Scientists have discovered a chunk of mass in outer space that may very well be the ninth planet in our solar system, according to a study by the California Institute of Technology.
The mass, which Konstantin Batygin and Mike Brown are calling “Planet Nine”, is 10 times as heavy as Earth. Its orbit, or distance traveled around the sun, is twenty times farther than that of Neptune.
“It would take this new planet between 10,000 and 20,000 years to make just one full orbit around the sun,” Batygin and Brown said as quoted by CNN on Thursday, January 21.
The two scientists found ‘Planet Nine’ beyond Neptune at the Kuiper Belt.
Mathematical models and computer simulations pointed to a mass large enough to be a planet as the source of gravity creating the orbits in the Kuiper Belt, the scientists were quoted as saying on the CNN report.
“There have only been two true planets discovered since ancient times, and this would be a third. It’s a pretty substantial chunk of our solar system that’s still out there to be found, which is pretty exciting,” said Batygin.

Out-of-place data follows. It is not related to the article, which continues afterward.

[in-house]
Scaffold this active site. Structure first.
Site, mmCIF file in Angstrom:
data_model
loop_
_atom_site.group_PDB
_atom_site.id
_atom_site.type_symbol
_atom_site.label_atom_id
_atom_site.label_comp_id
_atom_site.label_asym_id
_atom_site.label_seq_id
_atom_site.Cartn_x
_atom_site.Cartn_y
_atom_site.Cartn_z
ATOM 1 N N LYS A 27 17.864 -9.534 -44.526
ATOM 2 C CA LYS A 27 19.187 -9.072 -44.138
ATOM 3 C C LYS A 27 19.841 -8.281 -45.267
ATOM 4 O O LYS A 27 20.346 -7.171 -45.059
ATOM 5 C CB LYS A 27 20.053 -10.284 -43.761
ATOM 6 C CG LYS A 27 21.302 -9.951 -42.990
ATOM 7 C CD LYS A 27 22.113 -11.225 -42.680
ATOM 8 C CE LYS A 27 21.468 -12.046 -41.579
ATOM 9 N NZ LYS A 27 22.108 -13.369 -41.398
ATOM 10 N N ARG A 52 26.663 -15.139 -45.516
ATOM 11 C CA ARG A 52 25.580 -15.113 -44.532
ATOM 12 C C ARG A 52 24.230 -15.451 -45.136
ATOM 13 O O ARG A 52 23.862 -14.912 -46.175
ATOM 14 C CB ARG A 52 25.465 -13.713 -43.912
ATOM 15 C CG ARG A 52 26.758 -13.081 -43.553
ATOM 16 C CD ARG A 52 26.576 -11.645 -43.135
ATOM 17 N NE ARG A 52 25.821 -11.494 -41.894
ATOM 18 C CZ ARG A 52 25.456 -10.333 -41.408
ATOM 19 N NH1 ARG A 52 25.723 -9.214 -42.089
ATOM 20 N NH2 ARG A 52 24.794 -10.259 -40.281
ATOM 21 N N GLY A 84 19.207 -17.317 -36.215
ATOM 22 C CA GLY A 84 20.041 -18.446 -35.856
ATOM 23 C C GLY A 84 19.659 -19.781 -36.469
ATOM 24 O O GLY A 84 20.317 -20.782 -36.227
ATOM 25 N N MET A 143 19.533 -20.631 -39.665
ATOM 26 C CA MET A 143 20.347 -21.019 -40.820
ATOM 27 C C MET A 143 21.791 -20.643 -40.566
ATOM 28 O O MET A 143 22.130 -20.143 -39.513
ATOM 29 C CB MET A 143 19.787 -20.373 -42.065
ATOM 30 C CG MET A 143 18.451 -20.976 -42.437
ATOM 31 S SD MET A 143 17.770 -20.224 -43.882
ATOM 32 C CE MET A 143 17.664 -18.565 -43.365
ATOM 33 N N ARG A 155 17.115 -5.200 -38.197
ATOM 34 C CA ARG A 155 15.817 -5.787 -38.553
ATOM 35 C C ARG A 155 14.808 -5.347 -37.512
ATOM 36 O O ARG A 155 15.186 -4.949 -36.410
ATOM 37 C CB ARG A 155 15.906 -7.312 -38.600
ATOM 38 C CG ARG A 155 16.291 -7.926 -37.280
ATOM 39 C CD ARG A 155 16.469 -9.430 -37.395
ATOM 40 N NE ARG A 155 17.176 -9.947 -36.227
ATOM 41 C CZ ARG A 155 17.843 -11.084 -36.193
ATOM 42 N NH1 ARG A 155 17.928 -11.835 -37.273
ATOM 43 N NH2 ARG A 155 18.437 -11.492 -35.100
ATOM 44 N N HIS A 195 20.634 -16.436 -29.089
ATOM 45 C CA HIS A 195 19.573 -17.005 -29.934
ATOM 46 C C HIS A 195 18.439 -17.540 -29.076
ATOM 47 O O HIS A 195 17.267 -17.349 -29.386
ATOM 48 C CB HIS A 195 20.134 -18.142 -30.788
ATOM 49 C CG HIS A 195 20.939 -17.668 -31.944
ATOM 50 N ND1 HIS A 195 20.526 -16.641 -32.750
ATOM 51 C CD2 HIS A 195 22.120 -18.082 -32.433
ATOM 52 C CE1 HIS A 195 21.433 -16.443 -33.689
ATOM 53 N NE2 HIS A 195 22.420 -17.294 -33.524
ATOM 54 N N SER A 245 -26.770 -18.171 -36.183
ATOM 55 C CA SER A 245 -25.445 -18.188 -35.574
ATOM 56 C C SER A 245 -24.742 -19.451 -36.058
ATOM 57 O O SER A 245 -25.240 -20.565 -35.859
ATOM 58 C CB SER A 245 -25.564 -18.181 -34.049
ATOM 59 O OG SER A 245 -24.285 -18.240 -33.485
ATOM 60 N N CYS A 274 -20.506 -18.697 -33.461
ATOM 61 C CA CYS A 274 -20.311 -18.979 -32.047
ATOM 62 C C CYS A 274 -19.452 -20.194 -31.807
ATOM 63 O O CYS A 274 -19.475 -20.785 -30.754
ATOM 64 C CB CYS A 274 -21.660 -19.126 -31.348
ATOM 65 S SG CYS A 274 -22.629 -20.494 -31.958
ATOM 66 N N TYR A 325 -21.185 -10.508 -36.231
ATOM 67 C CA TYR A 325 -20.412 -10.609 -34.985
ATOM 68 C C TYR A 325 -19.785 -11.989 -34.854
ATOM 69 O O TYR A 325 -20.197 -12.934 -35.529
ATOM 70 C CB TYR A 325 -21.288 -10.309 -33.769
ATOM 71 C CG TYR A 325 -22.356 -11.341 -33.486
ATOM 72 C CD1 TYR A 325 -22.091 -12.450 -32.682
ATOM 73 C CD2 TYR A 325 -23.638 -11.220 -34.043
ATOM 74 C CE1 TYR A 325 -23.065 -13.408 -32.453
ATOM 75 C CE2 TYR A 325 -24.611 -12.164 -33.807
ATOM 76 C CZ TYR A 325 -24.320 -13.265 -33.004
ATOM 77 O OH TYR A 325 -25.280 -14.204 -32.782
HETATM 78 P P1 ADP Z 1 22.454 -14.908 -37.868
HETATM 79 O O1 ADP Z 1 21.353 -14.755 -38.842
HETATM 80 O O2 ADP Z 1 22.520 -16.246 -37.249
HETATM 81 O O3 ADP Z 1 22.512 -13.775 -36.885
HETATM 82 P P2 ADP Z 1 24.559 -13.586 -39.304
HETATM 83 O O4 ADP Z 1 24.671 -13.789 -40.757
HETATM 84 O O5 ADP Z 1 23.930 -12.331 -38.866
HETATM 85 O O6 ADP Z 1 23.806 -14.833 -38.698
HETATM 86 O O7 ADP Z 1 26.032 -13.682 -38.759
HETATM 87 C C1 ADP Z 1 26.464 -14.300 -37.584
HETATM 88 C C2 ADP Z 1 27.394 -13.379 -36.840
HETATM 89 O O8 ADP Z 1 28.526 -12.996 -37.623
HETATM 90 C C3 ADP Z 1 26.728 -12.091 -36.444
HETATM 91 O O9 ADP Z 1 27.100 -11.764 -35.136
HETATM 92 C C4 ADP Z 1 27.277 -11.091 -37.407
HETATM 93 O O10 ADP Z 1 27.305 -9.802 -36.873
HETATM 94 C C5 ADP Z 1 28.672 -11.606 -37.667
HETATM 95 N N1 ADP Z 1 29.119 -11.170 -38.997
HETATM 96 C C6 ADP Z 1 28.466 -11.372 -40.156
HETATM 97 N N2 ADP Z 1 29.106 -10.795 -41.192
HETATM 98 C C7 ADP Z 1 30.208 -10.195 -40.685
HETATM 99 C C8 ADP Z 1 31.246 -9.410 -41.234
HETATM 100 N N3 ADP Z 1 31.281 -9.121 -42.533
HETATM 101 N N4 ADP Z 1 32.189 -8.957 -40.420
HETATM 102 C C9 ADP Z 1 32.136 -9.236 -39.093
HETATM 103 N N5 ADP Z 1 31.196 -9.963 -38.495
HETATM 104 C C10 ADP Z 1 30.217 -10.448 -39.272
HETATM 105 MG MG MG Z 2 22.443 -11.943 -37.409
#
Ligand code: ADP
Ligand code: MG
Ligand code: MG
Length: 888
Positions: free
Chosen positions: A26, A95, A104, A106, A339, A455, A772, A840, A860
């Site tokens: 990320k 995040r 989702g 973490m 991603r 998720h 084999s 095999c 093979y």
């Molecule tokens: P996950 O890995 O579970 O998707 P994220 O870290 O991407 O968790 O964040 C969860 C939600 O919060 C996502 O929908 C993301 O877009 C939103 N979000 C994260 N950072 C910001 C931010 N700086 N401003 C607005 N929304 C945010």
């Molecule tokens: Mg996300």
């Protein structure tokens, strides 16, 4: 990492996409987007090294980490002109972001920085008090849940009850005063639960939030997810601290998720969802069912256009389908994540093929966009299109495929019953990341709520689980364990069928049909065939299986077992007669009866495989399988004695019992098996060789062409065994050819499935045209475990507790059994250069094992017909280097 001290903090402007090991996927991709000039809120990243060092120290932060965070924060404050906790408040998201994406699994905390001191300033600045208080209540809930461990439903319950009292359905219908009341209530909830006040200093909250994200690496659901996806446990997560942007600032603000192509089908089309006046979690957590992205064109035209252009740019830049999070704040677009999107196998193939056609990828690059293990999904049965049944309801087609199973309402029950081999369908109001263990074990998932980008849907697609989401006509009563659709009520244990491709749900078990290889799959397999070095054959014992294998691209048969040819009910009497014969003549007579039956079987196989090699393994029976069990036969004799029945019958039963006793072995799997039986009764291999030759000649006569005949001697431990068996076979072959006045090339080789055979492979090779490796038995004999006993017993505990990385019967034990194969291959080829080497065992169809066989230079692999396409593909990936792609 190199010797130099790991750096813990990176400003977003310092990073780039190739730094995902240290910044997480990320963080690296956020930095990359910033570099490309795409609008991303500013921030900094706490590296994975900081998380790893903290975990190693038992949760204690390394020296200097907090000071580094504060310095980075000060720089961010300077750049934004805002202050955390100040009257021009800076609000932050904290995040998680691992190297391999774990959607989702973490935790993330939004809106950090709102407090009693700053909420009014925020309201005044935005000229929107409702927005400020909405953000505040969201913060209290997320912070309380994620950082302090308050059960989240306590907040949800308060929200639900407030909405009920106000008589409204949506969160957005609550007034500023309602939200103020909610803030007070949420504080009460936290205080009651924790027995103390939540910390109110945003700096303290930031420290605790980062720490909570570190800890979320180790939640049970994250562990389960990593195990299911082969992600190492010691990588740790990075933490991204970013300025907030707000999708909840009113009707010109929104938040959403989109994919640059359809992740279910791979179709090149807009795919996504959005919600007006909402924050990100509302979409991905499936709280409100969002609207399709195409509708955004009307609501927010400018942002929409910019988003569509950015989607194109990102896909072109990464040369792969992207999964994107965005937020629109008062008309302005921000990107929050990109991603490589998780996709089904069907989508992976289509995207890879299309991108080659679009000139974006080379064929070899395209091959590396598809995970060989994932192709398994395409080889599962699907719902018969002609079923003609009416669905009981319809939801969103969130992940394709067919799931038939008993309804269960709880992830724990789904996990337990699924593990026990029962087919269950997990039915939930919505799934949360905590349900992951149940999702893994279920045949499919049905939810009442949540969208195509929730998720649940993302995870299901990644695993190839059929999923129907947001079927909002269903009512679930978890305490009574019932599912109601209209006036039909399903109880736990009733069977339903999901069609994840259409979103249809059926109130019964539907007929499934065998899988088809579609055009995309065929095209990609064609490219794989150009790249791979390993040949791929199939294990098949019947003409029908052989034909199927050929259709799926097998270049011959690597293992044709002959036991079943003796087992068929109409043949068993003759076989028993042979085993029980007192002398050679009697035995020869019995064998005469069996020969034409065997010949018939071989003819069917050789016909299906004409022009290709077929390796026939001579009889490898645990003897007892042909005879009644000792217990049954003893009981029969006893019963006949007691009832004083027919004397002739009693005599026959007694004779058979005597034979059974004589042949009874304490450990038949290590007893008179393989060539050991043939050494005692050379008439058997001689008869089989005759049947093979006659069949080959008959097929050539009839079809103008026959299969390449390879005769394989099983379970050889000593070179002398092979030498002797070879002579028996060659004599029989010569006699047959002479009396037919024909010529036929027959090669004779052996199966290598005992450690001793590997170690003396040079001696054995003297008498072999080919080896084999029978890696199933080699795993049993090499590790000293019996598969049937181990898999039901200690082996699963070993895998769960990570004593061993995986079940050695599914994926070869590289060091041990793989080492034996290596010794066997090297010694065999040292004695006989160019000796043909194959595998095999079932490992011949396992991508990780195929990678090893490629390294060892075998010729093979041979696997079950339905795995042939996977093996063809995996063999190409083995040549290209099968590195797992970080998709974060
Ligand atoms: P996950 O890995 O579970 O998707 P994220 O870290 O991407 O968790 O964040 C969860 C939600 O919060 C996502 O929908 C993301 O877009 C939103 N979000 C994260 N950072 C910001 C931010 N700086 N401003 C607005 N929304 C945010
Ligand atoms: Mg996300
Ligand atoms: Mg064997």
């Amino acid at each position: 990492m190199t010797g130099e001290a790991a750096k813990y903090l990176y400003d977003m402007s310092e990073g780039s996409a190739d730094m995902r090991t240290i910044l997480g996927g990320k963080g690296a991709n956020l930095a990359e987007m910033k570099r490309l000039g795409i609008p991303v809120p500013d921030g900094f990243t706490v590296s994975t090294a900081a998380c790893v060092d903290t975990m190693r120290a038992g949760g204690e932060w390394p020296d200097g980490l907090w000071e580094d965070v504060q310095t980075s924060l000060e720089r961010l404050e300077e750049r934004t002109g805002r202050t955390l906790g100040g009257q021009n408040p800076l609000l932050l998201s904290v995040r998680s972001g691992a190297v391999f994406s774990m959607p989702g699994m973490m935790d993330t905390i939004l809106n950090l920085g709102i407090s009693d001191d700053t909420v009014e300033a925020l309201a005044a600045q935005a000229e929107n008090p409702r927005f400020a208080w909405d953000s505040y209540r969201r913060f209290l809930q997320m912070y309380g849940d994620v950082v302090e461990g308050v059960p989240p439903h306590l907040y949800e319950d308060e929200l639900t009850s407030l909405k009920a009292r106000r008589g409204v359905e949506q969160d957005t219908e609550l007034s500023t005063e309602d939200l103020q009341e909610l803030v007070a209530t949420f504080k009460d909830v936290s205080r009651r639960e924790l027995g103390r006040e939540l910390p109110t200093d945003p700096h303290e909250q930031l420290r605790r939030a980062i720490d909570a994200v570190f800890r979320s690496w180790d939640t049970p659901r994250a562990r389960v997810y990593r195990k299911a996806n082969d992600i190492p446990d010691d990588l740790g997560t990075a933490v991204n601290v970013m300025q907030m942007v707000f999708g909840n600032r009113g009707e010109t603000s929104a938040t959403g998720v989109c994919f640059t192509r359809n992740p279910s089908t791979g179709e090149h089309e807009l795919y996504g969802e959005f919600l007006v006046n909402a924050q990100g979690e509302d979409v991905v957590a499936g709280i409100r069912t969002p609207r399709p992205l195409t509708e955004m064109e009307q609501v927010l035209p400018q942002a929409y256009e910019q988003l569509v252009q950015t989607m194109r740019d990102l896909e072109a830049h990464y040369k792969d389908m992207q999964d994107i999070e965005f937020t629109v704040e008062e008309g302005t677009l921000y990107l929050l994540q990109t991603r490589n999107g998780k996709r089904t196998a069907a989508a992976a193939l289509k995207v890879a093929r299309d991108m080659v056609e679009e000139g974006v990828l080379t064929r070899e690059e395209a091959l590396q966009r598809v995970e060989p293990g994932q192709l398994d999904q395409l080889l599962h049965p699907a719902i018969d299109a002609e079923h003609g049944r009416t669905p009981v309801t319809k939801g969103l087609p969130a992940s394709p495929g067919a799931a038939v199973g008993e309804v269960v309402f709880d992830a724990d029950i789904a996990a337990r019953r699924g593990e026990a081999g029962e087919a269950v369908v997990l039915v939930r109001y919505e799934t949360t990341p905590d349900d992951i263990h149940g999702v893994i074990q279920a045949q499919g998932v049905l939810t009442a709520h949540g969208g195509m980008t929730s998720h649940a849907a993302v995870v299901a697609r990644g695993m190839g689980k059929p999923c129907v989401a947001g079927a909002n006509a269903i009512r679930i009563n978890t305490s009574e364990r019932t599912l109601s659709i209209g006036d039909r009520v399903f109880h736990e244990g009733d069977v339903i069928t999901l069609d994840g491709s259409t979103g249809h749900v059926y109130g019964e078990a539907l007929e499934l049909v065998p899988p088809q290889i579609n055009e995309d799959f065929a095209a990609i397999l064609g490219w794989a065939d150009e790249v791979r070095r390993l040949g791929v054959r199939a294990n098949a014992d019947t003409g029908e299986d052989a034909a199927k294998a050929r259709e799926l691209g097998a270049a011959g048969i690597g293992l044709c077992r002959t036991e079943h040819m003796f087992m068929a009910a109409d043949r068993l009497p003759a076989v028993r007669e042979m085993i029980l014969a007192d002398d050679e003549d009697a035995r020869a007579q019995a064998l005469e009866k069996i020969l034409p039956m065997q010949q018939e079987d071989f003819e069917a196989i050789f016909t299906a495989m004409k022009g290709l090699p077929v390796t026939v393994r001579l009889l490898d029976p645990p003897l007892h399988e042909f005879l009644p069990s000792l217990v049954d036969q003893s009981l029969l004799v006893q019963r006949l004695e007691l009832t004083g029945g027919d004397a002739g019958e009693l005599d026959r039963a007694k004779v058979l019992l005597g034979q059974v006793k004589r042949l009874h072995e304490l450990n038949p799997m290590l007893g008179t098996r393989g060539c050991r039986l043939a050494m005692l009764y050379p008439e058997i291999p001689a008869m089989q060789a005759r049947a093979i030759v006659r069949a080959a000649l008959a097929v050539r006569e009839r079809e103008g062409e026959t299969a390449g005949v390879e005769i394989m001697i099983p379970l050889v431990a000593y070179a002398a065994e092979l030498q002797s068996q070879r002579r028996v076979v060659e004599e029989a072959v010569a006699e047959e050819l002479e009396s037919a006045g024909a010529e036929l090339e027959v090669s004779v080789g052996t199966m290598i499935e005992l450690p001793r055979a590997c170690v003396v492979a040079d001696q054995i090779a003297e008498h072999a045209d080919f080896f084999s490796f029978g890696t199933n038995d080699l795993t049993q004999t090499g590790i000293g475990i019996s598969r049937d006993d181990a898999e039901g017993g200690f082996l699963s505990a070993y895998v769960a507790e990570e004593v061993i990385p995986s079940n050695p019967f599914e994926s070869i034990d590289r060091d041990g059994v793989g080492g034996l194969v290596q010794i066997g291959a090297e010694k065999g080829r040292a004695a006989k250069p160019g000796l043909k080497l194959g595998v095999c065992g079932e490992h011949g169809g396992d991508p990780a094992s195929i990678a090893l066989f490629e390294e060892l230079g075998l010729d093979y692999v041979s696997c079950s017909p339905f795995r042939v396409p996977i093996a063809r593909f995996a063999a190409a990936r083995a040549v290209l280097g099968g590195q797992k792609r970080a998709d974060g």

Brown added that this new planet was “large enough” to cross out debate on whether it may be considered a “true planet.” Brown is the scientist who declared Pluto a dwarf planet in 2006.
“All those people who are mad that Pluto is no longer a planet can be thrilled to know that there is a real planet out there still to be found. Now we can go and find this planet and make the solar system have nine planets once again,” said the scientist.
The two scientists believe that Planet Nine can easily be seen from telescopes because of its “bizarre, highly elongated orbit.” But Batygin and Brown aren’t going to hog all the glory of discovering the new planet.
“I’d also be perfectly happy if someone else found it. That is why we’re publishing this paper. We hope that other people are going to get inspired and start searching,” said Brown.